When cooked right, a brisket is hard to beat. But with just one incorrect cut, the entire artistic grilling job is ruined. Knowing how to slice brisket correctly is essential.
The lower chest of the animal is used to remove the two main components that make up a full packer brisket:
The argument is that a fattier cut of meat might be more difficult to locate in supermarkets. Since slicing through such tender meat can be challenging, this portion is frequently chopped.
In most cases, the flat will be present if you purchase a pre-cut brisket. A leaner meat cut, the flat is best served sliced. Cut properly, that is. Read further to learn how to do it right.
posted May 23, 2023
A large part of enjoying the ideal smoked brisket experience is properly slicing a brisket. Brisket that is properly sliced will be tender, melt-in-your-mouth smoked meat. I’ll show you all the techniques to make you appear to be a brisket expert!
Let’s start with brisket anatomy. I mentioned in Brisket 101 that the point and the flat, two distinct, overlapping muscles that make up a full-packer brisket. Because of these muscles, slicing a brisket can be challenging due to the fact that the grain runs in two different directions. I’m here to guide you through each step, which is good news!
Just a quick reminder: rest your brisket completely before slicing. You can and should give your brisket ample time to rest after smoking it for hours and hours, even though I know it can be challenging to wait to slice. Let that piece of meat cool down before beginning the cutting process because it just came off the grill at about 200 degrees Fahrenheit.
Materials for Slicing Brisket
Make sure you have everything you need to slice the brisket before you start. Gather all of your supplies before you begin slicing so that the brisket has plenty of time to rest. Here are my recommended materials:
- Large cutting board. To hold your brisket and provide enough room for you to slice the meat, you need a very sizable cutting board.
- Serrated knife. You want a knife that is serrated but doesn’t have any of those incredibly tiny ridge-like teeth because your brisket-slicing knife matters. You can slide through the meat with the smooth serrated edge without squishing or tearing it to pieces.
- Work gloves. I prefer to use my clean BBQ gloves when handling and slicing brisket because it can be messy work.
How to Slice Brisket
One last note before you begin the actual slicing: once you have your tools and your perfectly rested brisket, all that’s left to do is slice her open and feast like a king. Take your time to determine the direction of the grain before you begin cutting because you want to cut this brisket AGAINST THE GRAIN. You just spent a whole day smoking this brisket. Be sure you slice it correctly for the best texture.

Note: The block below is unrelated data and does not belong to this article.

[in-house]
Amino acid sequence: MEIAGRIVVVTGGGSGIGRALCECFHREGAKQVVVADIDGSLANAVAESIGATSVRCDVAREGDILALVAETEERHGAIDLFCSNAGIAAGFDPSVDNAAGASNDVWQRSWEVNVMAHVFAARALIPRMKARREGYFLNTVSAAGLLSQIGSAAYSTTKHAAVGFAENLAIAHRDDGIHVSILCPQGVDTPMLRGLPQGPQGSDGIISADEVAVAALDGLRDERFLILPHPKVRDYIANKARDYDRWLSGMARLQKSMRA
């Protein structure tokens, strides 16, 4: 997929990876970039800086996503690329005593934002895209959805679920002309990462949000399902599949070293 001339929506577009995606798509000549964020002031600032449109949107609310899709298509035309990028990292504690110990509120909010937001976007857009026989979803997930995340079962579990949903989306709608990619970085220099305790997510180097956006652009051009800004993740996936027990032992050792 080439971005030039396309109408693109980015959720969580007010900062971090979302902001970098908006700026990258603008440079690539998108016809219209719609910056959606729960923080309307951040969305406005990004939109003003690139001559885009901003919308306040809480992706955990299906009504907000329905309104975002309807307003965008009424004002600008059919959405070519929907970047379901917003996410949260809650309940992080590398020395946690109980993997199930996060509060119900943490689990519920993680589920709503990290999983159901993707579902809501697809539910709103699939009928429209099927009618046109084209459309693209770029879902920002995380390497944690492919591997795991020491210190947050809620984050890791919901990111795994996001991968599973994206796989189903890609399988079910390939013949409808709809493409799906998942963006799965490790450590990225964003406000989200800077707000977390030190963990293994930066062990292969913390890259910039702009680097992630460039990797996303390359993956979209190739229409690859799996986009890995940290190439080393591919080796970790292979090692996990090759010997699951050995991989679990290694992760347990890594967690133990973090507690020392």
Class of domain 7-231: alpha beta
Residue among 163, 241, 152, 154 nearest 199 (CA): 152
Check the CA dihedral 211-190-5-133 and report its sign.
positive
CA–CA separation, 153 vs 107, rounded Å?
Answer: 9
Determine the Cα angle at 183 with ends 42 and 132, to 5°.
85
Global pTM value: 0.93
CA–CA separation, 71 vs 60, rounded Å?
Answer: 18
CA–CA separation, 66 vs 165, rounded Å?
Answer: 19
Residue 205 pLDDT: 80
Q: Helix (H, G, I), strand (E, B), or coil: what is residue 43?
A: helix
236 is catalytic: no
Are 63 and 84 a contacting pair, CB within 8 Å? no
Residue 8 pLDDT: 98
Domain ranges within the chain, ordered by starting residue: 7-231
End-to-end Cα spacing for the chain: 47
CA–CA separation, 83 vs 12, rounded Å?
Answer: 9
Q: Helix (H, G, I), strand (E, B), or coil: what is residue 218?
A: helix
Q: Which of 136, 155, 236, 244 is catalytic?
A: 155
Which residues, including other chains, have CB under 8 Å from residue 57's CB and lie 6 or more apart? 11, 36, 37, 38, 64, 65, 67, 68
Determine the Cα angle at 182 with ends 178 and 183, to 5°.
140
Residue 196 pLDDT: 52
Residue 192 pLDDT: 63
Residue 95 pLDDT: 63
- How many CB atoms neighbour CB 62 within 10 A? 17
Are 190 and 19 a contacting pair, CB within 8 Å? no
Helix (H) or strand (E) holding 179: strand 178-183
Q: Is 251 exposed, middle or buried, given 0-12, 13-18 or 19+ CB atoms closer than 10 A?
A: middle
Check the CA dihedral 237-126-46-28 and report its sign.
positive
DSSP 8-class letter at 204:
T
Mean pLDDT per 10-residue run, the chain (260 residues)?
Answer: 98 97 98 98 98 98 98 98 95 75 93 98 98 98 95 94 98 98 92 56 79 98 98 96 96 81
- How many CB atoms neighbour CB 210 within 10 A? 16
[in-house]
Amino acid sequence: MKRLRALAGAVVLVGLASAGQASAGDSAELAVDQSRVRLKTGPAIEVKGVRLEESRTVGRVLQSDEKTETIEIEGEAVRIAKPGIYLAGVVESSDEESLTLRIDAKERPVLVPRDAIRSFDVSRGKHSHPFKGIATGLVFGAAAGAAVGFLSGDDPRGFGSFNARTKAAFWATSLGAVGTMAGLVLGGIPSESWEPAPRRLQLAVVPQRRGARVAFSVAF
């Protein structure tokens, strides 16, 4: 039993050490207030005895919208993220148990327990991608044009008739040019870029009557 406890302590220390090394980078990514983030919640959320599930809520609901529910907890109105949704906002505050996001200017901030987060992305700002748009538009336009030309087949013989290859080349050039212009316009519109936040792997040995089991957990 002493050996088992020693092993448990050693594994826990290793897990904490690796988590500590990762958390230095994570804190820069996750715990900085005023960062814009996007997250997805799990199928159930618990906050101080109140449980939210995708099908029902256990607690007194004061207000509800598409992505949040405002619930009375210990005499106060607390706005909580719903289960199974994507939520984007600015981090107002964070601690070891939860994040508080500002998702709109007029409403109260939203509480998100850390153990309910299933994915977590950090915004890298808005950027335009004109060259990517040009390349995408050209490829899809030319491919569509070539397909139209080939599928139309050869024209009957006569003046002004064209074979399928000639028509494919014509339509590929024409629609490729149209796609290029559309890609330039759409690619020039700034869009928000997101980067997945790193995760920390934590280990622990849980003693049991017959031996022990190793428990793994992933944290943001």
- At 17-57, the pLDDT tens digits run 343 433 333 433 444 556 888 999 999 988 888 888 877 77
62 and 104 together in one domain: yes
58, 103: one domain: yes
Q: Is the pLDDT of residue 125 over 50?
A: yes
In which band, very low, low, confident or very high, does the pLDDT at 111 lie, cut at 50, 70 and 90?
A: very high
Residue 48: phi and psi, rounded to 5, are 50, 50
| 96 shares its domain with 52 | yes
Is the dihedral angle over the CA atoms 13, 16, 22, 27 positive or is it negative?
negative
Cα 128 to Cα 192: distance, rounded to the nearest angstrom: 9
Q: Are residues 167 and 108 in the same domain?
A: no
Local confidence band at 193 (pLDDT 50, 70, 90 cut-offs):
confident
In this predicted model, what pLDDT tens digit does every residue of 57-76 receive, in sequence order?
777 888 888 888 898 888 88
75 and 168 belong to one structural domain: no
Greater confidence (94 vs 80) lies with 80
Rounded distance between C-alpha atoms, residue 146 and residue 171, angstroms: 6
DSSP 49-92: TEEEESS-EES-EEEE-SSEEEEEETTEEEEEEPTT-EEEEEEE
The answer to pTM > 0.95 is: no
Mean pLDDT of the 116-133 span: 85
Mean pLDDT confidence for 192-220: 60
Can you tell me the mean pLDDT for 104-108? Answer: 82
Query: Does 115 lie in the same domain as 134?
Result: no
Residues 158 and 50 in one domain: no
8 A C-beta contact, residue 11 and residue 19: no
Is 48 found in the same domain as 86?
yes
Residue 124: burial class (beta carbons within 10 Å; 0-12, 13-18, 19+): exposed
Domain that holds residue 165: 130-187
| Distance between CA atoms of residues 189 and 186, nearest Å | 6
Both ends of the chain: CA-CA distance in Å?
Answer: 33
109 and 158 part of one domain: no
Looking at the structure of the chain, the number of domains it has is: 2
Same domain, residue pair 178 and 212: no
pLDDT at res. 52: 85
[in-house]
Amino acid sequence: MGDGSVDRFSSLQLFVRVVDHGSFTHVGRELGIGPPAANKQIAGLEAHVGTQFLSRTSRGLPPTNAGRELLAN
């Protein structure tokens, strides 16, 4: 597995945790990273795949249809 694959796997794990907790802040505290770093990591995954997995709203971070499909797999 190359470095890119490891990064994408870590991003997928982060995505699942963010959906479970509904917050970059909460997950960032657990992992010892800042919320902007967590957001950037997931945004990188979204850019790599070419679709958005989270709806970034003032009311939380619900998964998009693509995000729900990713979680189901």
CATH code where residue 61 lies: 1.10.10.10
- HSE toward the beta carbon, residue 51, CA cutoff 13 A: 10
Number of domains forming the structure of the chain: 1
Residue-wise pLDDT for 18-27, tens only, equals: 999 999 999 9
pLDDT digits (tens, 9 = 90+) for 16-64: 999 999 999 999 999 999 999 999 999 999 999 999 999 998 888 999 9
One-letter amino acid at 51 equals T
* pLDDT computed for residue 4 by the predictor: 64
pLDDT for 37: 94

Scroll down to the informational card below for even more information on how to slice brisket!
- Get your brisket ready to slice. You’re ready to slice when your brisket has fully rested; place it on a large cutting board with the point facing your non-dominant hand.
- Separate the point from the flat. Put your non-dominant hand on the brisket and make a tiny, circular movement to feel where a thin layer of fat divided the flat from the point. Find that fat layer, then make your first cut through it. This helps to separate the flat from the point. It’s crucial to keep these two pieces separate and cut your brisket differently because you should always cut against the grain.
- Slice the flat. Begin with the flat side of the brisket. Slice against the grain in 1/4-inch slices. To ensure that everyone receives brisket of the ideal size, try to make these slices as uniform as you can.
- Slice the point. Next, grab your point and cut it in half the other way from the first cut. Next, grab the point’s half and rotate it 90 degrees. Like you did with the flat, cut the point against the grain in 1/4-inch slices. Be sure to cut against the grain as you complete the process by slicing the other half of the point in the same manner as the first.
- Now that your brisket has been perfectly cut, it is time to serve. Arrange it neatly on your serving platter with all of the brisket fixings. Dig in and enjoy!.